Giving us the round down

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Another problem of attributional abduction, this one from Josh Marshall, "So How'd it go?", TPM 7/31/2010:

Our reporting duo gives us the round down of just what happened at today's pro-diversity 'Uni-Tea' Tea Party rally in Philadelphia.

This could be an eggcorn — "round down" for "run down" does seem to be out there, though it's not very common:

Well, without futher ado, let me give you the round down.
Im still a newb, but I saw that nobody replied, so I thought I could give you the 'round down' on it.

It could be a cupertino — maybe Josh  typed "rund own", added the missing 'd' to get "rund down", and then got bushwacked by his spellchecker. Or something like that.

And it could be a joke, that is, a sort of eggcorn-on-purpose. After all, a quick run-down is a sort of metaphorical rounding down to an integer summary of a more elaborated real-numbered event.

Other hypotheses exist as well, including the ubiquitous infiltrators from the Onion.


  1. groki said,

    August 1, 2010 @ 11:42 am

    i say joke: "round up" could have been used to mean summary, but since the numbers were laughably smaller than predicted ("borderline disaster"), Josh is inverting the direction to elbow us in the ribs. (he's "Joshin" maybe?)

  2. bloix said,

    August 1, 2010 @ 11:42 am

    Note the possible subconscious influence of "round-up."

  3. Dick Margulis said,

    August 1, 2010 @ 11:58 am

    Or this could be dictation software, as in the speculation about "eke out." A Philadelphian saying "run down" might sound like he was saying "round down" to naive voice recognition software that wasn't acclimated to the local vowel sounds.

  4. Mark Beadles said,

    August 1, 2010 @ 12:04 pm

    Confusion of the synonyms "round-up" and "low-down"?

  5. Chris Brockett said,

    August 1, 2010 @ 1:36 pm

    As an avid long-time TPM reader, I concur with groki. Josh is punning on "round up". This is especially clear when one reads the underlying article.

  6. figleaf said,

    August 1, 2010 @ 1:42 pm

    I think groki has the correct answer: "round-down" would be consistent with Josh Marshal's low-key snark. The declared intention of the rally was to demonstrate that the teabaggers are a) overwhelmingly popular and b) unrecognized bastions of racial diversity. Instead turnout was in the low three figures and decidedly non-diverse. After sending two reporters to cover an ultimately underwhelming event, "round down" is almost certainly an intentional, editorializing play on words.


  7. Terry said,

    August 1, 2010 @ 3:21 pm

    I think its a play on words with a very useful and (I suspect) intended meaning. Reports from partisan political events like this, especially if they come from the organizers, habitually inflate the turn out. At minimum, they round up on the number of participants, and often they pump them up in some more egregious way. "Round-down" in this context means, I take it, dragging the numbers (and the level of enthusiasm) of the participants back to reality on the basis of observations of unbiased (or differently biased) people who were on the seen.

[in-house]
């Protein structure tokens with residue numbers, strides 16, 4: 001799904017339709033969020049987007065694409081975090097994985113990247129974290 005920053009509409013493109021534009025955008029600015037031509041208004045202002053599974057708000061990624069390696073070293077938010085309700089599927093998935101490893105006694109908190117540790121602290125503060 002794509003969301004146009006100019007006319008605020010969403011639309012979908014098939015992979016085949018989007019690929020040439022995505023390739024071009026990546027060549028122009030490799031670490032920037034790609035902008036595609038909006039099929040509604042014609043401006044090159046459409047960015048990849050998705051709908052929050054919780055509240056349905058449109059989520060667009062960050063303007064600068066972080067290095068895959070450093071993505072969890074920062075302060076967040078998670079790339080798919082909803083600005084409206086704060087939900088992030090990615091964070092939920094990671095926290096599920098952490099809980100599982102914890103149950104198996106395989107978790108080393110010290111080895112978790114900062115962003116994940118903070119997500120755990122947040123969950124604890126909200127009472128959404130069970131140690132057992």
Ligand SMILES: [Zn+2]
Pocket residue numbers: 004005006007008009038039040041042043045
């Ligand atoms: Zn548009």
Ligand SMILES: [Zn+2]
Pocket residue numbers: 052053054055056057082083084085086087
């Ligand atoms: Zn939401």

8. Ben Zimmer said,

    August 1, 2010 @ 7:53 pm

    I vote for attempted wordplay inverting roundup, on the model of lowlights as a facetious inversion of highlights.

  9. hum said,

    August 1, 2010 @ 9:26 pm

    Did they serve horse devours?

  10. Lazar said,

    August 1, 2010 @ 10:44 pm

    OT, but I thought that LL had been down for several days (and have only just now discovered otherwise) because the url I have bookmarked,, no longer works. Is this elegant address gone forever?

  11. Lee Stweasel said,

    August 2, 2010 @ 6:41 pm

    Whatever he meant, I like the expression. It's fun to say. I will use it whenever possible.

  12. Mashup Guy said,

    August 12, 2010 @ 9:58 am

    Certainly seems like a play on words. Here are the two scenarios in my mind: He's using 'round' as a noun that refers to an interval of time and 'down' as an adjective for when you understand something, or; He's using 'round' as a noun that refers to beer and 'down' as a verb for when you drink something.

  13. Joe 1959 said,

    August 24, 2010 @ 12:13 pm

    I suspect Ben Zimmer has the correct answer, but another possibility that occurred to me was a humorous blend of "run down" and "round up".

    Off topic I know, but I happened to be at Independence Park on the day in question – I was on vacation with my family (white Scottish / English). Whilst we stood in line to see the Liberty Bell, the Tea Party amply displayed their pro-diversity 'Uni-Tea' stance by handing us a flyer for their event, whilst completely ignoring the Spanish-speaking family in front (who may actually have been US Citizens).

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